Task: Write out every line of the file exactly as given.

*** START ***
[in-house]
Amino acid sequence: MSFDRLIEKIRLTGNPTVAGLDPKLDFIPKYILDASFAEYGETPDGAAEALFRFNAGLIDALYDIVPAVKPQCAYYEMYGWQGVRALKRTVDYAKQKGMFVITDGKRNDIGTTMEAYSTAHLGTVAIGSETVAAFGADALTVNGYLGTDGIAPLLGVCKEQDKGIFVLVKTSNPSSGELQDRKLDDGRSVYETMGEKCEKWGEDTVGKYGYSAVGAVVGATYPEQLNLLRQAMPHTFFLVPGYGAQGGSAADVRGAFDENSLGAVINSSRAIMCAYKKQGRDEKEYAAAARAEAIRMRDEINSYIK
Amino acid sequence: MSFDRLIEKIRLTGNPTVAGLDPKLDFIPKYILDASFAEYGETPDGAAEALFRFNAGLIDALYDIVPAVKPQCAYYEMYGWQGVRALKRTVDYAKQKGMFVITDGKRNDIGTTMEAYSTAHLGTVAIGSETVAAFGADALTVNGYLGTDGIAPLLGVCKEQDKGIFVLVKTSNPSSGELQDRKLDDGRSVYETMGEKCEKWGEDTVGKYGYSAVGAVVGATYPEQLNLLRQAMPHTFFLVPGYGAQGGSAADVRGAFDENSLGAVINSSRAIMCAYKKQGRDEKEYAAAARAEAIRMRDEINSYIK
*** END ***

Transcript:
[in-house]
Amino acid sequence: MSFDRLIEKIRLTGNPTVAGLDPKLDFIPKYILDASFAEYGETPDGAAEALFRFNAGLIDALYDIVPAVKPQCAYYEMYGWQGVRALKRTVDYAKQKGMFVITDGKRNDIGTTMEAYSTAHLGTVAIGSETVAAFGADALTVNGYLGTDGIAPLLGVCKEQDKGIFVLVKTSNPSSGELQDRKLDDGRSVYETMGEKCEKWGEDTVGKYGYSAVGAVVGATYPEQLNLLRQAMPHTFFLVPGYGAQGGSAADVRGAFDENSLGAVINSSRAIMCAYKKQGRDEKEYAAAARAEAIRMRDEINSYIK
Amino acid sequence: MSFDRLIEKIRLTGNPTVAGLDPKLDFIPKYILDASFAEYGETPDGAAEALFRFNAGLIDALYDIVPAVKPQCAYYEMYGWQGVRALKRTVDYAKQKGMFVITDGKRNDIGTTMEAYSTAHLGTVAIGSETVAAFGADALTVNGYLGTDGIAPLLGVCKEQDKGIFVLVKTSNPSSGELQDRKLDDGRSVYETMGEKCEKWGEDTVGKYGYSAVGAVVGATYPEQLNLLRQAMPHTFFLVPGYGAQGGSAADVRGAFDENSLGAVINSSRAIMCAYKKQGRDEKEYAAAARAEAIRMRDEINSYIK